Certainly it is the case that not only the threat of terrorism but the reactions to it have led to restrictions on our freedom, the expenditure of trillions of dollars and wars in Afghanistan and Iraq. These represent a challenge to our liberal approach to life. Fundamentalism is on the rise and not just in Islamic communities. Christian, Jewish, and Hindu fundamentalism are having profound consequences on the politics of our world. There are those who despair because they have held the view popular amongst Liberals since the Enlightenment that religion was a matter of ignorance, and that a few centuries of education, science and economic development would see it fading away. The evidence is clear. Religious faith is not a passing phenomenon. It is profoundly present, and probably a much more inherent part of the human condition than many would have assumed. But it is not religious faith that is the problem, for sometimes it can lead people to lives characterized by deep concern for and a generous commitment to the welfare of others. The threat to freedom comes from the fundamentalist conviction that my beliefs entitle me to destroy you and all that you stand for, and this approach is not especially religious, indeed it was a characteristic of the Marxism which dominated this part of Europe, and so much of the world during the twentieth century, and was sworn enemy of the Liberalism we hold dear.
Of course while Marxism dominated what passed for progressive political thought it was not the only practical political dynamic of the last one hundred years. My generation of Europeans has come to see the European Union primarily in terms of the undoubted benefits of the Common Market, Monetary Union and the Euro. Indeed many pro-European politicians are trying to sell the benefits of the EU in terms either of the economy or of a geo-political counter-balance to the asymmetric power of the United States of America. Perhaps this is part of the reason that many ordinary people are losing the vision of Europe? They do not feel economically or politically powerful and many of them see these arguments in favour of the EU as motivated by an elite who seek power and wealth for themselves. We must not forget that for the original architects of ‘ever closer union’, and the mass of ordinary people who supported them, the driving force was not primarily a commitment to economic liberalism or geo-political influence, but rather a reaction to their experience of the horrors of war. Europe had many wars throughout the centuries and the humiliation and misery of conflict had been the common experience of almost every generation, however the unprecedented destruction of not one but two World Wars in a single generation demonstrated that nationalism and imperialism offered no stability to the people of Europe. Worse still, scientific advance had created the frightening prospect that a future war would be even more catastrophic.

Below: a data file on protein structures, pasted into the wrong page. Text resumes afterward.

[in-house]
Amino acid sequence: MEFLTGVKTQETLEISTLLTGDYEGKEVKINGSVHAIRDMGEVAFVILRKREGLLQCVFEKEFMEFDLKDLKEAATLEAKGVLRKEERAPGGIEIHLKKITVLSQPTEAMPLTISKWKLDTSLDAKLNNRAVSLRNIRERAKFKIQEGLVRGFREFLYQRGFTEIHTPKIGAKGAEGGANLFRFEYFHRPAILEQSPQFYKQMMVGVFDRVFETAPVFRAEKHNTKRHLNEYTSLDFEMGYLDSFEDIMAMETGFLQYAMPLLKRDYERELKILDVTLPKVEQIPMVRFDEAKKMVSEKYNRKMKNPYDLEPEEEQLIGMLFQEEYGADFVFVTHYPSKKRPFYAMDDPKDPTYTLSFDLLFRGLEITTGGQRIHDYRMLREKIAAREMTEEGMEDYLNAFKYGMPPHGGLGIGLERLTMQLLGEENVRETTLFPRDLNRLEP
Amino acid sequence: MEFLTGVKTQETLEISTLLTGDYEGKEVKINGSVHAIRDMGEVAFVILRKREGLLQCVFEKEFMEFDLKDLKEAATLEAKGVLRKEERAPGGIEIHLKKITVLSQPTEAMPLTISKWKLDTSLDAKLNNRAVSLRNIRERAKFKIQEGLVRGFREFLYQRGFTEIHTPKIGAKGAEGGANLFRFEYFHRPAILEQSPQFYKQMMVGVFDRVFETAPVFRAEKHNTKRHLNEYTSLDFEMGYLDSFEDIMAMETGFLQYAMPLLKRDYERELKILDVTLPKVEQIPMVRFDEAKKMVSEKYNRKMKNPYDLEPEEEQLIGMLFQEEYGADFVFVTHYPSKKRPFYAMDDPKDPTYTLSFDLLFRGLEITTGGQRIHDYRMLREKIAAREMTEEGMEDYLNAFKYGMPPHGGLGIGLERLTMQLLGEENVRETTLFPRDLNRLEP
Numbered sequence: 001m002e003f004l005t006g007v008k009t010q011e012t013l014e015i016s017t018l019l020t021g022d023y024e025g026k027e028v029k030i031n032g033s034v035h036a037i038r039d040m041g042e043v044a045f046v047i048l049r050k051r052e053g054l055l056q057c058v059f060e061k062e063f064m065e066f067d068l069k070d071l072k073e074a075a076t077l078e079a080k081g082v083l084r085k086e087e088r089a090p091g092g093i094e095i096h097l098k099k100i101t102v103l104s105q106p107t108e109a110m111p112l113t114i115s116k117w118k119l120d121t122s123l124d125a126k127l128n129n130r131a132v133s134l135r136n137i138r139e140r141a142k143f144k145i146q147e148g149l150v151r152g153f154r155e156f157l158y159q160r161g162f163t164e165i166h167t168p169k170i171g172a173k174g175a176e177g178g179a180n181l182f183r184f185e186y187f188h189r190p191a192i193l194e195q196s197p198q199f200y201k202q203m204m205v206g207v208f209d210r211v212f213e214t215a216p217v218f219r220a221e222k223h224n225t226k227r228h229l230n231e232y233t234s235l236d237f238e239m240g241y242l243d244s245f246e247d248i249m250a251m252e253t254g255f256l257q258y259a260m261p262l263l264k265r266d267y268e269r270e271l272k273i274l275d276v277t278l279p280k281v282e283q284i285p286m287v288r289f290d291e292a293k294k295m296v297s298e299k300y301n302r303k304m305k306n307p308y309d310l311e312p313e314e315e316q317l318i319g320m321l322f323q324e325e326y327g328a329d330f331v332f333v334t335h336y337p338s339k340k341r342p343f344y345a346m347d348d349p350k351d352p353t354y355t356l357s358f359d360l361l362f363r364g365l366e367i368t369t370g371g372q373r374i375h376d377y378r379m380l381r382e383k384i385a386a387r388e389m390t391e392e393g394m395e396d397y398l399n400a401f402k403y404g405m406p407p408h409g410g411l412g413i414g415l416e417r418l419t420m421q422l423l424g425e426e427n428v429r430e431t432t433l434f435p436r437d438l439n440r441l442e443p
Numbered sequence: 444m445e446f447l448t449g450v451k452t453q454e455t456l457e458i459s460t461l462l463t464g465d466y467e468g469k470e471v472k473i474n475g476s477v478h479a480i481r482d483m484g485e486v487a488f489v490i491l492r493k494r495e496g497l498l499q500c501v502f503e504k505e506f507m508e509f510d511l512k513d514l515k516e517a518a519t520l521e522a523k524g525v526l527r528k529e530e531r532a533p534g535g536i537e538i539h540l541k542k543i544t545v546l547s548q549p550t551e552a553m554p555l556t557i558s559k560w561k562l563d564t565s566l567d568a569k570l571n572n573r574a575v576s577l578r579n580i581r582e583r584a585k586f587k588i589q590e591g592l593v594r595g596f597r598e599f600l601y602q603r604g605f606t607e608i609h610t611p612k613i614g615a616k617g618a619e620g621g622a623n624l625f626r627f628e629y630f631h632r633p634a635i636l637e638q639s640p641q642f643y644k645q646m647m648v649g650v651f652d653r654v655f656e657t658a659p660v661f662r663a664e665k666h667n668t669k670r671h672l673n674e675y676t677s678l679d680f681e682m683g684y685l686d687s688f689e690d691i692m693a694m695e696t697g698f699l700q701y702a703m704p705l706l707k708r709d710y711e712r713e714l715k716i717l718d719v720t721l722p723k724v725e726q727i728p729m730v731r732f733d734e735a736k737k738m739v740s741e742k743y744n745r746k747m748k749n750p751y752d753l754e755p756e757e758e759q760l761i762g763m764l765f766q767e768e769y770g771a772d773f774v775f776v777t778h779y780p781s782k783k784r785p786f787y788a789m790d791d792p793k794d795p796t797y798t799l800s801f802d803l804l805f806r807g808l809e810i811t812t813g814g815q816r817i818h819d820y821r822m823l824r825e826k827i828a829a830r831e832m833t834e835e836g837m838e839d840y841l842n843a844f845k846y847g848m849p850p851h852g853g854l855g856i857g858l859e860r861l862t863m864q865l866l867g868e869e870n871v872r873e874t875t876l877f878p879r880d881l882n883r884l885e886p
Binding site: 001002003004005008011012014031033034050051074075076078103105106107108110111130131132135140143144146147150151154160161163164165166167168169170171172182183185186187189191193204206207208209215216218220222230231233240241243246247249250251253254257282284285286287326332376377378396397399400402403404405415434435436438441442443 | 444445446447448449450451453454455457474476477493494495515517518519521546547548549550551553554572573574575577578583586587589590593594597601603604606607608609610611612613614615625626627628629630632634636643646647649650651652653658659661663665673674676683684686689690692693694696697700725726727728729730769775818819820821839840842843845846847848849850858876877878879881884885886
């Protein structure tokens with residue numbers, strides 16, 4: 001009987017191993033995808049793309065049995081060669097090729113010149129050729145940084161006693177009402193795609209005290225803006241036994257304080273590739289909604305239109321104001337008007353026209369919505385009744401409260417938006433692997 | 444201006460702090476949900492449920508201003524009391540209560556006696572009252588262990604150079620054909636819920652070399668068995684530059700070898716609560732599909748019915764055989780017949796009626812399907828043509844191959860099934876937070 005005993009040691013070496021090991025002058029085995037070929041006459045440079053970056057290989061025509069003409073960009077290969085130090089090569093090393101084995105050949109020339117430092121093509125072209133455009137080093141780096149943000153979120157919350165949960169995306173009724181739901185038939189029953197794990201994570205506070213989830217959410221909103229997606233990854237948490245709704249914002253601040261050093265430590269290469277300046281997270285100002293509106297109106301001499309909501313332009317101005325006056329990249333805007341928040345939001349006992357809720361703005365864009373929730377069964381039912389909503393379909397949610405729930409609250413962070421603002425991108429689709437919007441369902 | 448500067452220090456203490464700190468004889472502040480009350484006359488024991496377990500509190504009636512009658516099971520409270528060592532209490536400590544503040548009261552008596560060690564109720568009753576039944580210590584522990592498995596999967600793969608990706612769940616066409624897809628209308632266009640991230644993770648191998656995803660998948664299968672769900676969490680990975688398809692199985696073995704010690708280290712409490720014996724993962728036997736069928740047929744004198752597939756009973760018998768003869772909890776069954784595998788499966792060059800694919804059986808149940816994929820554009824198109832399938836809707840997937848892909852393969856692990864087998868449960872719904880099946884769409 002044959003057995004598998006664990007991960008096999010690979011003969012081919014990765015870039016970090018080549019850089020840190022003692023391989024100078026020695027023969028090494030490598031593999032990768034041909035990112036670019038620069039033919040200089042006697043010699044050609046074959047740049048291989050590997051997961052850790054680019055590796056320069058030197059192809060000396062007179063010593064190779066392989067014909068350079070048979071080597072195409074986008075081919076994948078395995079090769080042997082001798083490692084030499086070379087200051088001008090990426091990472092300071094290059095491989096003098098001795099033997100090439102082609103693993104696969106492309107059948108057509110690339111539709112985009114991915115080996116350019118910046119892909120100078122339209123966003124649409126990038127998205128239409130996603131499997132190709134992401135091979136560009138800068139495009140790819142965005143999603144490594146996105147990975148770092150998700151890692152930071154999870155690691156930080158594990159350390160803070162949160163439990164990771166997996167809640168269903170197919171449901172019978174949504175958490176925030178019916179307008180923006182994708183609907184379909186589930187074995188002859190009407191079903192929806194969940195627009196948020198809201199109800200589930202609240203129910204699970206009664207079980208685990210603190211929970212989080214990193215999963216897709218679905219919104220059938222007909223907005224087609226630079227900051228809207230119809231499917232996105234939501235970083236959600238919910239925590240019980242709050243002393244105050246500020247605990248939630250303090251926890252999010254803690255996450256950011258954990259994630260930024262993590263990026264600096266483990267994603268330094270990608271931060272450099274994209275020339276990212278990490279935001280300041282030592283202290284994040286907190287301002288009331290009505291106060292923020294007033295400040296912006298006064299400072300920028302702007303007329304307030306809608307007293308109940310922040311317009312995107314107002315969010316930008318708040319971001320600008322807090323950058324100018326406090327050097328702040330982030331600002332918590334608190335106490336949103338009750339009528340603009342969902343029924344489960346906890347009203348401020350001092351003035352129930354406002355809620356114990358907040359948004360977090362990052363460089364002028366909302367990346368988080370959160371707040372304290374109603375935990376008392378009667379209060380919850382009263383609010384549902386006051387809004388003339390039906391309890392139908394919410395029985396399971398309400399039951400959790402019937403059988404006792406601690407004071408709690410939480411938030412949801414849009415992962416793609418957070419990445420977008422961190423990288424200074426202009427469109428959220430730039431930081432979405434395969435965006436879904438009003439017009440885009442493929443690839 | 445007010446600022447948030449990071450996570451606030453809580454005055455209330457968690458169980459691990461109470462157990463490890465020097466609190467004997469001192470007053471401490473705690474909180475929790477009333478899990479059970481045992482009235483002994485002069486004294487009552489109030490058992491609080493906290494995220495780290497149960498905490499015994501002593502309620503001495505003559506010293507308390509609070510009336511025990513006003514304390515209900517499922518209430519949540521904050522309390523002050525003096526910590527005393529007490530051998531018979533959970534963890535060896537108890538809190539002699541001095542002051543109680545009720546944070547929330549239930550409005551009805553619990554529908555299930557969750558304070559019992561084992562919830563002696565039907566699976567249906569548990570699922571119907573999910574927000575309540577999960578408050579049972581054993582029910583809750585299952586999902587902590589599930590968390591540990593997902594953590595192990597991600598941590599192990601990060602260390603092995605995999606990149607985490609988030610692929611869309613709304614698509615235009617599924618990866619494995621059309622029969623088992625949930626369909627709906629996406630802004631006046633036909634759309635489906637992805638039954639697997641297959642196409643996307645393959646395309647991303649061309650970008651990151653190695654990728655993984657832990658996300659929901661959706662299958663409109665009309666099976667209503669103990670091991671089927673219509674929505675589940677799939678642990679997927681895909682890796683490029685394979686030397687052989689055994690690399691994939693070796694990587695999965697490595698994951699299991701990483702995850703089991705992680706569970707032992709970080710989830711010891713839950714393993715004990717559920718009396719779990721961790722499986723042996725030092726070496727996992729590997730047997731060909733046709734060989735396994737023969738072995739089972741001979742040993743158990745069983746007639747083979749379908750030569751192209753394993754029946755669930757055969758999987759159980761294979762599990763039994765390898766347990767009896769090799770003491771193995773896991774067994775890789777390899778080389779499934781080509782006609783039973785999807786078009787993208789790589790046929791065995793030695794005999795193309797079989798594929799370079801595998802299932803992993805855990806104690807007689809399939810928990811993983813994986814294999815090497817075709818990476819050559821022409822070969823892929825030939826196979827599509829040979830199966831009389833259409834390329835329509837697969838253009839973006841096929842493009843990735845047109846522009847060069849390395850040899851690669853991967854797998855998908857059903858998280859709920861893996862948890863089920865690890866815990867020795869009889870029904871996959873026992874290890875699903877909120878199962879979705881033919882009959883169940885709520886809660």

Previously the slowness of communication and travel and the limited power of physical force and traditional explosives had confined the capacity for destruction through war. Radio, air travel and nuclear power and other scientific marvels changed all that. The new technologies offered dazzling beneficial opportunities for wealth creation and distribution. Surely if the world’s capacity to produce enough food and the other necessities of life could be harnessed to a scientific means of production and social distribution the recipe for a better world was at hand? The speed of change ensured that things could get better more quickly, but to the silver lining there was a dark cloud. They could also deteriorate with terrifying speed. The Second World War ended with the demonstration that man at war could lose all the vestiges of civilization in a Holocaust, and Hiroshima and Nagasaki showed how we could now with certainty destroy not only an enemy but also all life on the planet. Men no longer went off to war. War now visited itself with terrifying results on whole communities through aerial bombardment, biological and chemical weapons and nuclear attack. The boundaries had gone and the nature and significance of conflict had changed completely and irrevocably. Any local war could now escalate into global destruction.